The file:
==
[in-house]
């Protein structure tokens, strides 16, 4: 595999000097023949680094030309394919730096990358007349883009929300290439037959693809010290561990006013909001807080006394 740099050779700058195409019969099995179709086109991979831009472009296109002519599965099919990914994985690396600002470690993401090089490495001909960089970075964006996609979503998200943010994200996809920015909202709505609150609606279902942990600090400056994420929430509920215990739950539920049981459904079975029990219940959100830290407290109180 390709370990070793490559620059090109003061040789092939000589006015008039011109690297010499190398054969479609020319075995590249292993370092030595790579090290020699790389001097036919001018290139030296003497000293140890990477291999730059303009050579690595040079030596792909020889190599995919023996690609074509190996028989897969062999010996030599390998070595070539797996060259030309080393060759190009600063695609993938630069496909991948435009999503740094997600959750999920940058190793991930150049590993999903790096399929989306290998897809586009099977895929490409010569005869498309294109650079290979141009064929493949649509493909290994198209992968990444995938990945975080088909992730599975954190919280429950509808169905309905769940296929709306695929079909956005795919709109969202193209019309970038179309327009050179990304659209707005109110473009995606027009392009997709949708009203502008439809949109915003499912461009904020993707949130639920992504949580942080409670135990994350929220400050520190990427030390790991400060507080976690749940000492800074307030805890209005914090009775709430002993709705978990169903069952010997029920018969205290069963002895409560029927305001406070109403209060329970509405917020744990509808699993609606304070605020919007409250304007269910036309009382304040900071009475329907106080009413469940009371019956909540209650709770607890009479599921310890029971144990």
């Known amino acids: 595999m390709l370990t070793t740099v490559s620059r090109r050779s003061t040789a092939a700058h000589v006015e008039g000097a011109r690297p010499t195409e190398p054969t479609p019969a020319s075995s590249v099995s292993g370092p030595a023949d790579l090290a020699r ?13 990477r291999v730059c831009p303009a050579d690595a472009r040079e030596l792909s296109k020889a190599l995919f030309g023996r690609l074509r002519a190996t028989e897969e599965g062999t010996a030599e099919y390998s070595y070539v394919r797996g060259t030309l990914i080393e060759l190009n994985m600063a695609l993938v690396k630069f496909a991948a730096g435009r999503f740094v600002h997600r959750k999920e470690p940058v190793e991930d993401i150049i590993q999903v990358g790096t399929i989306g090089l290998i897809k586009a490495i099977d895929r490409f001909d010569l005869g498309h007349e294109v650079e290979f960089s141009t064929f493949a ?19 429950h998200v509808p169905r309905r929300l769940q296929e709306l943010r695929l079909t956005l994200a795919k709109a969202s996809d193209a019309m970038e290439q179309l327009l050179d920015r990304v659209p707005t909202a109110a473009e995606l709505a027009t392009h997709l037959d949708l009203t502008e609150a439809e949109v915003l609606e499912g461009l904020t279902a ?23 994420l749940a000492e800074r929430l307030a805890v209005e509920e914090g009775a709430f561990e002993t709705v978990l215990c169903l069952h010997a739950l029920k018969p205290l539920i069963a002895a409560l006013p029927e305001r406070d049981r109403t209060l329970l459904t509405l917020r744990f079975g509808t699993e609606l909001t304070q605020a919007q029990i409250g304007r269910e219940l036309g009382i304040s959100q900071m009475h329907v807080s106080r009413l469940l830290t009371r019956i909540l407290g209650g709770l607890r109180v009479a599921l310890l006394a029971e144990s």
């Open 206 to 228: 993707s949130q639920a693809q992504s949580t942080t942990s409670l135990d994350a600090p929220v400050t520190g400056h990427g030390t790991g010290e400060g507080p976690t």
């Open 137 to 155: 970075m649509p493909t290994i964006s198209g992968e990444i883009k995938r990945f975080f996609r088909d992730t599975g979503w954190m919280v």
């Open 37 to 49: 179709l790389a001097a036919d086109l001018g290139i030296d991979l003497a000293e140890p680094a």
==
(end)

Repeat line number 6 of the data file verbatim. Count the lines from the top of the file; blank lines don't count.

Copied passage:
């Open 37 to 49: 179709l790389a001097a036919d086109l001018g290139i030296d991979l003497a000293e140890p680094a």